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Keywords:

  • environmental gradient;
  • Franz Josef chronosequence;
  • New Zealand;
  • nitrogen;
  • phosphorus;
  • plant–soil (below-ground) interactions;
  • plant functional traits;
  • retrogression;
  • SLA;
  • specific root length

Summary

1. Below-ground plant functional traits regulate plant–soil interactions and may therefore strongly influence ecosystem responses to global change. Despite this, knowledge of how fine-root functional traits vary among plant species and along environmental gradients has lagged far behind our understanding of above-ground traits.

2. We measured species- and community-level root and leaf trait responses for 50 temperate rain forest species from 28 families of ferns, woody and herbaceous angiosperms and conifers, along a soil chronosequence in New Zealand that exhibits a strong gradient in soil nutrient availability. Relationships among species traits (both above- and below-ground) and their distribution along the chronosequence were tested using phylogenetic generalized least-squares regression to account for plant relatedness.

3. Distinctive root trait syndromes were observed; they were closely linked to species’ distribution along the chronosequence. Species growing in the strongly P-limited late stages of the chronosequence had relatively high specific root length (SRL), thin root diameter, high root tissue density, high levels of root branching and low root nutrient concentrations compared to intermediate stages. Species on the youngest site also had high SRL, but had low root tissue density, thick root diameter and high root nutrient concentrations.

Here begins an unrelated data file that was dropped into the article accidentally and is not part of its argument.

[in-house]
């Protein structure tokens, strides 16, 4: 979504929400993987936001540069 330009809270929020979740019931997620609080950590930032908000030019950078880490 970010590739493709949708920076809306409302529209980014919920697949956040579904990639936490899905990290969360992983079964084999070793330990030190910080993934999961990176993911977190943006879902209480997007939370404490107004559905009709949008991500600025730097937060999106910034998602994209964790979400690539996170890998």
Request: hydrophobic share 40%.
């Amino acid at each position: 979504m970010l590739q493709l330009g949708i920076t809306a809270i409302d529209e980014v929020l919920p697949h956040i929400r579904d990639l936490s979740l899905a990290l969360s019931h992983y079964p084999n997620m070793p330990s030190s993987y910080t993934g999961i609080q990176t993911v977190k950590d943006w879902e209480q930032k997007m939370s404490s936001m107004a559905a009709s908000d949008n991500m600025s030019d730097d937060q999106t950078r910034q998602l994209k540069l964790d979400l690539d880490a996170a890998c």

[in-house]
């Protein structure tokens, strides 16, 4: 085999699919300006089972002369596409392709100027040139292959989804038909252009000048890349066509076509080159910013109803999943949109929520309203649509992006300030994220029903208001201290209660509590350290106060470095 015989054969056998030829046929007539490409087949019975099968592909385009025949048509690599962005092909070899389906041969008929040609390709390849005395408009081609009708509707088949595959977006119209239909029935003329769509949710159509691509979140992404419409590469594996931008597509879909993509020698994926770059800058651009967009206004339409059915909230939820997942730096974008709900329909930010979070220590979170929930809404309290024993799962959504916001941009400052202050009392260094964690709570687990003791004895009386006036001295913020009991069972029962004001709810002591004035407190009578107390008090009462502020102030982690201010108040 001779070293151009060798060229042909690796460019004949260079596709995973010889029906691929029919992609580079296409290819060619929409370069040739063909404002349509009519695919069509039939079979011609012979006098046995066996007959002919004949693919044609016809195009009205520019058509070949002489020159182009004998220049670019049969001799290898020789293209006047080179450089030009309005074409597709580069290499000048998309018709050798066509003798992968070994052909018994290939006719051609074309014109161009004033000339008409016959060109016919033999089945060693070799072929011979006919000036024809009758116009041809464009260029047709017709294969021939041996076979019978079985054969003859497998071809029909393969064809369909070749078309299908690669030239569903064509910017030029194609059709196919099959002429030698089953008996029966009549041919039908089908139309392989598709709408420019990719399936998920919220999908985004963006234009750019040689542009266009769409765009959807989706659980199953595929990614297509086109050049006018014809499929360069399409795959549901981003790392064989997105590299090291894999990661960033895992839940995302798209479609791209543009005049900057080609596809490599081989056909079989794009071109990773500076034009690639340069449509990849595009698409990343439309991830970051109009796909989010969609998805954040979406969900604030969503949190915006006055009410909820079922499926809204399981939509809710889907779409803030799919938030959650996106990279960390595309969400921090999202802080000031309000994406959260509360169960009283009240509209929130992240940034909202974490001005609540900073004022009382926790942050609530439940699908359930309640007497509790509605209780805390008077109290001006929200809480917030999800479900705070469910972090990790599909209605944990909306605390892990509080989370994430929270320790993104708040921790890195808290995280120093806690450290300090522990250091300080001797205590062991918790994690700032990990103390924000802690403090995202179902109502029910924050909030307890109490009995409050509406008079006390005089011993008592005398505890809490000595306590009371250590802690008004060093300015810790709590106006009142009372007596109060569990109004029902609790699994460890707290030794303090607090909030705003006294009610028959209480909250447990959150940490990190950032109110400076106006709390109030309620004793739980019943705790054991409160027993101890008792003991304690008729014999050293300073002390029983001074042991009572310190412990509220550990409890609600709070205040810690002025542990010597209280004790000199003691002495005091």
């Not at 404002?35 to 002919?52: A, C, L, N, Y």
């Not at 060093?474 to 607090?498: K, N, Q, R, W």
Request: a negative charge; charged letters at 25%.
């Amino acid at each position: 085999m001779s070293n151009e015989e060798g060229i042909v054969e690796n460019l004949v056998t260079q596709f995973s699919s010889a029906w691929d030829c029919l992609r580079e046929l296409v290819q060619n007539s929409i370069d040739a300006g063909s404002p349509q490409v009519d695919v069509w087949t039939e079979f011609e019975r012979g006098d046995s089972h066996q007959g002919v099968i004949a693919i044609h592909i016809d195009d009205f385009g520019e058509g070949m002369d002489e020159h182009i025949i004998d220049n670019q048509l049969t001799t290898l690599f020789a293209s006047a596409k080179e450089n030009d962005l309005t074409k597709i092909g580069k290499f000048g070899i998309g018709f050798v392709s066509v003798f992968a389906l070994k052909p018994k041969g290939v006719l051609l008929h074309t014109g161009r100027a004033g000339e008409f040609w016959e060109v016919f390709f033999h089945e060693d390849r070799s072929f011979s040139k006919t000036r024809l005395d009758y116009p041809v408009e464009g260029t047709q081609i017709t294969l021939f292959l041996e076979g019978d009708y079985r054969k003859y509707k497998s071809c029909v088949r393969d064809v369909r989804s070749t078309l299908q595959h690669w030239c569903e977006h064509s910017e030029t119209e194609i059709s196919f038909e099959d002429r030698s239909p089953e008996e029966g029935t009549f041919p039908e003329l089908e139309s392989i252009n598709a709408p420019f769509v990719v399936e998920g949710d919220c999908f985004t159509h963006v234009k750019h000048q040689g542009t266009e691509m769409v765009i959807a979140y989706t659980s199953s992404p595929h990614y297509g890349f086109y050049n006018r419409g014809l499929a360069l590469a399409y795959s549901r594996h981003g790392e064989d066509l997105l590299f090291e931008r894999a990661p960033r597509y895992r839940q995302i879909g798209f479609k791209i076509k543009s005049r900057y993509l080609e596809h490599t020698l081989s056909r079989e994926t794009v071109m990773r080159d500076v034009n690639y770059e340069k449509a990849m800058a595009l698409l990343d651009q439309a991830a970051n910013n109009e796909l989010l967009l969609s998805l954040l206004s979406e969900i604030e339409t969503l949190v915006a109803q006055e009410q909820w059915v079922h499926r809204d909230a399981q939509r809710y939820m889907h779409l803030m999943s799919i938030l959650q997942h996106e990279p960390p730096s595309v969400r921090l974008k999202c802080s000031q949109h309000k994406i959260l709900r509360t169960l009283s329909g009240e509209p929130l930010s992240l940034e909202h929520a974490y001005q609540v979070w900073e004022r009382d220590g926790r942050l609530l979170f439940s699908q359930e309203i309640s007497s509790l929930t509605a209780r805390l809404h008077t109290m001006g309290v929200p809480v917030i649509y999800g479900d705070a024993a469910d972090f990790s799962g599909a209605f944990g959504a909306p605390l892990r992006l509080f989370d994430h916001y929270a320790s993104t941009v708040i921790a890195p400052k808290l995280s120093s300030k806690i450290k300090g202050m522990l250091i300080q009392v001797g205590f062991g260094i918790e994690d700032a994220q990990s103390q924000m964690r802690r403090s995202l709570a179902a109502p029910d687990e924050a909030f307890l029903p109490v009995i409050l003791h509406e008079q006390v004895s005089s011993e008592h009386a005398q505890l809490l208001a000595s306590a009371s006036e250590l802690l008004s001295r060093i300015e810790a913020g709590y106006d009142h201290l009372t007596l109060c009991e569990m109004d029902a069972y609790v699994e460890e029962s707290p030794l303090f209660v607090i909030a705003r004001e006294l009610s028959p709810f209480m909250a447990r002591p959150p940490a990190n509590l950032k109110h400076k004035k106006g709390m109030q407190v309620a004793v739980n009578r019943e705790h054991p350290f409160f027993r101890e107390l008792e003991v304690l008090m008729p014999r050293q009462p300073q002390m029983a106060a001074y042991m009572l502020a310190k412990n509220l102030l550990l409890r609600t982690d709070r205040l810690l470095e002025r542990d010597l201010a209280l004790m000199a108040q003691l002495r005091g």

4. Species root and leaf nutrient concentrations were positively correlated, reflecting the strong underlying gradient in soil fertility. In contrast, the relationship between SRL and SLA was more complex; there was a weak positive correlation between SRL and SLA, but this conflicted with stronger patterns of increasing SRL and declining SLA with increasing site age.

5. Community-averaged trait values calculated using presence/absence data showed similar trends to the species-level patterns. In contrast, community averages calculated using species abundance-weighted data showed weaker relationships with site age, particularly for morphological traits. This suggests that much of the variation in morphological traits between sites was driven by shifts in the presence of subordinate or ‘rare’ species rather than by changes in the dominant species.

6.Synthesis. Our study demonstrates co-ordinated species- and community-level changes in root traits along a soil chronosequence. These results highlight the influence of soil nutrition on plant functional traits and contribute to our understanding of the drivers of community assembly in a changing environment.